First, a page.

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Discovery of Sound in the Sea
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How are sounds made?

Sounds can be made by vibrating an object. For example, when a drumstick hits a drum, the flexible skin of the drum vibrates up and down. The skin's vibration makes a sound by moving the air above it. When the skin moves up, the air above it is compressed and when the skin moves down the air moves with it and expands. The compressing and expanding of the air produces differences in air pressure. The pressure differences in the air move away from the drum surface like ripples in a pond, creating a sound wave. This is how the drum produces a sound that we can hear.

Waves emanating from drumskin surface as well as body of drum

People use devices that vibrate to make sounds in the ocean. Underwater sound sources can be built in a number of different ways. Some underwater sound sources work the same way as loudspeakers in a home stereo system. They have a speaker that is vibrated using an electromagnet. Other sound sources create vibrations with special materials that expand and contract when electricity runs through them. Still other sound sources work much like a drum being played from the inside.

The following figure shows a basic cross-section of a sound source that uses an internal driver and pistons to vibrate the walls of the source. The driver is an object that compresses and expands. As it compresses and expands, it pushes and pulls the pistons, which in turn deform the walls of the source, creating pressure waves.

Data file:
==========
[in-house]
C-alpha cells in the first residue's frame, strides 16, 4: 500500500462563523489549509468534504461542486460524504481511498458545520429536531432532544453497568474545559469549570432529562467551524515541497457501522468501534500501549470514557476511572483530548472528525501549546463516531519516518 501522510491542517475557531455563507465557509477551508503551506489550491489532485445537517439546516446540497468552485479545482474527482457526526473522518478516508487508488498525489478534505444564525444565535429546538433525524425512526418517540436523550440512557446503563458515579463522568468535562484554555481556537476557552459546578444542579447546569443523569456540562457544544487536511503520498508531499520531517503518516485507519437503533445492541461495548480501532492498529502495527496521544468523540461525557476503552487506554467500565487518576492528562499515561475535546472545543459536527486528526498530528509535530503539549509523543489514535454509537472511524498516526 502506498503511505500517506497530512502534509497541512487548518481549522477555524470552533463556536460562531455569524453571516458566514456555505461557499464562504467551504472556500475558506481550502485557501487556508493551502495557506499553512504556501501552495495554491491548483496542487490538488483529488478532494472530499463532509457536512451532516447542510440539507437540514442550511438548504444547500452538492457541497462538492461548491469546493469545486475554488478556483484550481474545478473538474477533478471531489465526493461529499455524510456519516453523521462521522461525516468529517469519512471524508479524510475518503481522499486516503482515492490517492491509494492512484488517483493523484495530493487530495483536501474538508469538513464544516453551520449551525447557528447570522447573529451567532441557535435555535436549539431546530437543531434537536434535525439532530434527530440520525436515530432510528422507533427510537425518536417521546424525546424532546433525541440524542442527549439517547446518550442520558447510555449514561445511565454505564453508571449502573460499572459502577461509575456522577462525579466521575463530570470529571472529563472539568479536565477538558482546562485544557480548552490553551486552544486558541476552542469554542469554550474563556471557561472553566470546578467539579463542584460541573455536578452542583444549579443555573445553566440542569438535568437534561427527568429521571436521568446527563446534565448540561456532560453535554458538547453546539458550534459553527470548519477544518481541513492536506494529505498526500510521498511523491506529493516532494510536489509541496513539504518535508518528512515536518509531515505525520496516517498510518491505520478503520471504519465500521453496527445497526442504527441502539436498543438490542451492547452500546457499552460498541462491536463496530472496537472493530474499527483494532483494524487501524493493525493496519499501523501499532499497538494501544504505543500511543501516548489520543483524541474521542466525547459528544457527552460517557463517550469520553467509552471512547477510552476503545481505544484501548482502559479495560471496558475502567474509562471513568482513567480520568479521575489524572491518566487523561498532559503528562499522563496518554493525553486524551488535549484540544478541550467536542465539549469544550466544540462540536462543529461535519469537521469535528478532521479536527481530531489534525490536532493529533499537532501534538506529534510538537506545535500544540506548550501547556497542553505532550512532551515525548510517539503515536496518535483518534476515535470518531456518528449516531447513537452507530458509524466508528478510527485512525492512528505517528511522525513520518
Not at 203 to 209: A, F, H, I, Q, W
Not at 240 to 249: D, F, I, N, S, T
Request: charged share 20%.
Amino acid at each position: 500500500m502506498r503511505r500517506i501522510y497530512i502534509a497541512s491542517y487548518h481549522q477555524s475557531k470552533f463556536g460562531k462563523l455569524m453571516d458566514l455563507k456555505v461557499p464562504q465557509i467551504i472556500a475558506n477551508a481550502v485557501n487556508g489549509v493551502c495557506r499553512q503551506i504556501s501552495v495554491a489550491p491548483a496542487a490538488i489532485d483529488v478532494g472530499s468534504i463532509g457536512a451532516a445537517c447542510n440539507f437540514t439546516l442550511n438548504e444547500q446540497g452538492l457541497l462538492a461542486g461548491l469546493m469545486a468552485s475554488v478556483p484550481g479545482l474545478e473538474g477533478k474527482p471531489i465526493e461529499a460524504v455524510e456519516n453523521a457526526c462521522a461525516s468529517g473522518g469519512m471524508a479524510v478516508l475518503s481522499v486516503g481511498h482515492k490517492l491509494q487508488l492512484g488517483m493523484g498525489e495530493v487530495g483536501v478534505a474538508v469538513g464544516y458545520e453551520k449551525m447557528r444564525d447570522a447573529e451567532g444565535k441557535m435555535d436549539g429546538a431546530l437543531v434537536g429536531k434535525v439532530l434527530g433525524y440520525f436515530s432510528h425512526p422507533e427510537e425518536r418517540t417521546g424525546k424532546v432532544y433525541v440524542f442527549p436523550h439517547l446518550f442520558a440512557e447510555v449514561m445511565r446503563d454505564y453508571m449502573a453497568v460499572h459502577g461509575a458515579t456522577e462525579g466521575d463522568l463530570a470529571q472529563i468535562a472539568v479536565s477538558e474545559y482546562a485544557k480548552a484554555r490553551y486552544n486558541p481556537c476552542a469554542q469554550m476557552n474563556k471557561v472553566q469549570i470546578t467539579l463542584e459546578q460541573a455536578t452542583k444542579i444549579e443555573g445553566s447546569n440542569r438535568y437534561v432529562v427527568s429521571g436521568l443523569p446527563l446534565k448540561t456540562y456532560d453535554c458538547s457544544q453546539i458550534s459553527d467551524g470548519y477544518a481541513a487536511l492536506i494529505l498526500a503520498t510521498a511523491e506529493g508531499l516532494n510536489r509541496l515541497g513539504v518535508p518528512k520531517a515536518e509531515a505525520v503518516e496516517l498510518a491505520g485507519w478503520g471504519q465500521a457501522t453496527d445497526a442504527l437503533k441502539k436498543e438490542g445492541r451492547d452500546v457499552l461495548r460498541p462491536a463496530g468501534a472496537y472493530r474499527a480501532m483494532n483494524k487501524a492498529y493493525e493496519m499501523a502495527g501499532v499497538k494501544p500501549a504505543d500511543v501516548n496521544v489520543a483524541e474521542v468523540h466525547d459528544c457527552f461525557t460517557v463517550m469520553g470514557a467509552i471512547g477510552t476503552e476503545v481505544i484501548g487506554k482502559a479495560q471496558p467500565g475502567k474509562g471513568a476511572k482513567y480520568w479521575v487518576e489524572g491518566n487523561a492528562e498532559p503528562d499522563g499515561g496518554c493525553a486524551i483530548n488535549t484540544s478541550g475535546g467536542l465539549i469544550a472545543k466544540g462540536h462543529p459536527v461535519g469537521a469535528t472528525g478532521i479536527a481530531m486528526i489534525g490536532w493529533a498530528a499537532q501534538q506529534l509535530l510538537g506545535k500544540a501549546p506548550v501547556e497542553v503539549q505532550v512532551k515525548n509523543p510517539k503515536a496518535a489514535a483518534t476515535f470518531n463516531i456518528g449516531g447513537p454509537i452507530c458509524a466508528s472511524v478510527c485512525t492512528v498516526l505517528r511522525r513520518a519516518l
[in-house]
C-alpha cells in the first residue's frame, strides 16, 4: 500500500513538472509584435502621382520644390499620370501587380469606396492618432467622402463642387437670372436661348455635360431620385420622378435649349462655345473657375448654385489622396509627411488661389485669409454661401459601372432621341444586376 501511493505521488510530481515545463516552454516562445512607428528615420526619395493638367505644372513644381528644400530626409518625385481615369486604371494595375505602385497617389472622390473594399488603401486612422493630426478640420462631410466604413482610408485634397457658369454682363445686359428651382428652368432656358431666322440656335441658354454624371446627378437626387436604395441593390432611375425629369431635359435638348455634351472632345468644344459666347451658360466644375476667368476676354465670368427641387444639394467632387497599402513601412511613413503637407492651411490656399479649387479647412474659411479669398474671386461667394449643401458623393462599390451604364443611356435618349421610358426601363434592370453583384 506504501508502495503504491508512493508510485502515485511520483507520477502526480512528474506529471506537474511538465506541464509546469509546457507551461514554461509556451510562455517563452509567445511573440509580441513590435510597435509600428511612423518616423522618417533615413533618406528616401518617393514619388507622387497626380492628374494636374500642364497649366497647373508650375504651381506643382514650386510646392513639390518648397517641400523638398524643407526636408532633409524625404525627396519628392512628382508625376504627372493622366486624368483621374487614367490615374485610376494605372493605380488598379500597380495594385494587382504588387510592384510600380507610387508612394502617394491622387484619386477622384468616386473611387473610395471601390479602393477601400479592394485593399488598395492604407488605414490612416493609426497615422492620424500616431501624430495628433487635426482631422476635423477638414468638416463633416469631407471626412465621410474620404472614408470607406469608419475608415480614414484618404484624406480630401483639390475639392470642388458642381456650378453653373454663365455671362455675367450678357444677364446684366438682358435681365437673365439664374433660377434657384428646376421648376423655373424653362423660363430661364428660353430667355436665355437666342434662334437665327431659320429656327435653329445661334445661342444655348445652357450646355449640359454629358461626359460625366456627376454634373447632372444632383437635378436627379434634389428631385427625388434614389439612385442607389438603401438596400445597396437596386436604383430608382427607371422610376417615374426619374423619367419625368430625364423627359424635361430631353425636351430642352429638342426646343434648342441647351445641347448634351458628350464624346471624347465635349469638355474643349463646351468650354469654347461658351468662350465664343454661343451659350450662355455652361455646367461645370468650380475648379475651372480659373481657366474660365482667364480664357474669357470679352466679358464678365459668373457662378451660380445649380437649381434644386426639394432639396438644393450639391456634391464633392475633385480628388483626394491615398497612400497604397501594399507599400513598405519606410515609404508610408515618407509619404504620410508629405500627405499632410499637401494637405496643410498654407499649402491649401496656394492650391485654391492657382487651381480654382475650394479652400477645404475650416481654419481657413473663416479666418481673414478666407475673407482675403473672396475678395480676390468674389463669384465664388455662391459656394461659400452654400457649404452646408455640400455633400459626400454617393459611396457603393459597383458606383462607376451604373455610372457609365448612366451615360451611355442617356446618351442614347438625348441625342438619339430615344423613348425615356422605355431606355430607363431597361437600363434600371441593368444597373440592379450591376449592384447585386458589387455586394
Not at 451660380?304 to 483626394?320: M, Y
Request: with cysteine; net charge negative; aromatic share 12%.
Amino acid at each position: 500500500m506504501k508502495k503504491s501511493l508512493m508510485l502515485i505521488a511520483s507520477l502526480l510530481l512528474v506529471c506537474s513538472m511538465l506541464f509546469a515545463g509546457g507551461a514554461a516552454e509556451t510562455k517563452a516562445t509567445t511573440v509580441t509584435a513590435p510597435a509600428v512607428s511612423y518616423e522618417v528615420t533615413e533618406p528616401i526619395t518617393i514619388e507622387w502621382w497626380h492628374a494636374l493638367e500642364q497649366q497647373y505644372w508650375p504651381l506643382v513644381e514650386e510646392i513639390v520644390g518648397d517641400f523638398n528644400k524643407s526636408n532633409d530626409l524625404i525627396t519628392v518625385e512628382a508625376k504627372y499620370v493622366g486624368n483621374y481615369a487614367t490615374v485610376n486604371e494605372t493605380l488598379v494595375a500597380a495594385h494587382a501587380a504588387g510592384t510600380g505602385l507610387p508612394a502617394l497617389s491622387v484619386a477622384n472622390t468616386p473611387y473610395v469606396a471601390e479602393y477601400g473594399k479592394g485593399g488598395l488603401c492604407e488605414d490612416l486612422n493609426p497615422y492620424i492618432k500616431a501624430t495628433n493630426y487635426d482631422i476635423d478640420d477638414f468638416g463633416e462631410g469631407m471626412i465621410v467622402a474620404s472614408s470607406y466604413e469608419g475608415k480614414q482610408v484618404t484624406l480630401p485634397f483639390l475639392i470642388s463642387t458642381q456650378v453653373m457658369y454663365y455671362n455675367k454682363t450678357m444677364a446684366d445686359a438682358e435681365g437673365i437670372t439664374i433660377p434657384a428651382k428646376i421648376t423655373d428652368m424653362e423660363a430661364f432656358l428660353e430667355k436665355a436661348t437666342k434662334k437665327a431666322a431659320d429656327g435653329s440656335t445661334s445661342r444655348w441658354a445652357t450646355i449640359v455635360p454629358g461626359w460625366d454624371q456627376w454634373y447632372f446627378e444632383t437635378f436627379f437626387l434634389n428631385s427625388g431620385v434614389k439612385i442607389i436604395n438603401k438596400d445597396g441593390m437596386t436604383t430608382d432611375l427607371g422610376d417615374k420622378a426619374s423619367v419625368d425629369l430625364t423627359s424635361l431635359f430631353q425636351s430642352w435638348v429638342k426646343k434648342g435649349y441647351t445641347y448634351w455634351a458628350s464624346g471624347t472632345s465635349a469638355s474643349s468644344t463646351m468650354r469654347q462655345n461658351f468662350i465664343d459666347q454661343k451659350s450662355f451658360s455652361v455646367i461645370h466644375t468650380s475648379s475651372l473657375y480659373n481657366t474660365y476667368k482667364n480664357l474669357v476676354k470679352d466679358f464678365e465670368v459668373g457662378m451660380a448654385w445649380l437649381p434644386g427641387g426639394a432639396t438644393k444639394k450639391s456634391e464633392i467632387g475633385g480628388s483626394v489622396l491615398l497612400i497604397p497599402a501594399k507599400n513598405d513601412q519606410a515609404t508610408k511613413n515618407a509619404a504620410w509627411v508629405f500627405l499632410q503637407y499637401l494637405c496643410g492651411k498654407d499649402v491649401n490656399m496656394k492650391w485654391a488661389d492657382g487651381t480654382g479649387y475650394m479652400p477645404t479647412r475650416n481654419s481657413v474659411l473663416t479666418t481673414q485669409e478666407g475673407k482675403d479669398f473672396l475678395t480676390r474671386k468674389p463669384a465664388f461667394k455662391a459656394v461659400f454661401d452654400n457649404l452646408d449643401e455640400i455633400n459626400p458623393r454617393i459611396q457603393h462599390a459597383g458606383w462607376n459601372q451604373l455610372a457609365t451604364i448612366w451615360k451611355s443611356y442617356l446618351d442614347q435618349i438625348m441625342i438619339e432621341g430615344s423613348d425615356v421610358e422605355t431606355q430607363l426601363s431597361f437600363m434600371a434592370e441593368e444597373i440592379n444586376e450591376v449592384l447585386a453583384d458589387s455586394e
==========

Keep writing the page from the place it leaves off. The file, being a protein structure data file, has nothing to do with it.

Location of driver and pistons within housing
Cross-section of an underwater sound source

The large, round, drum-shaped object about to be lowered into the ocean in the picture below is a low-frequency sound source. It is symmetric, with a second, drum-like surface on the side facing away from the camera. Hydraulically driven pistons located inside the source push on the centers of the drum-like surfaces. Sound is generated by the in-and-out motion of the surfaces at the frequency at which the pistons push in-and-out. This source is designed to be operated while suspended below a ship.

Lowering of low-frequency sound source into water
Deployment of a low-frequency acoustic source in the Pacific Ocean off central California.
Photo courtesy of Scripps Institution of Oceanography.

To make sounds efficiently, the height or diameter of the sound source walls should be roughly the size of one wavelength of the sound that is being made. This is why a marching band uses a very large bass drum to make low-frequency sounds and smaller drums to make higher-frequency sounds.

Marine mammals and other marine life also make and use sound in the sea.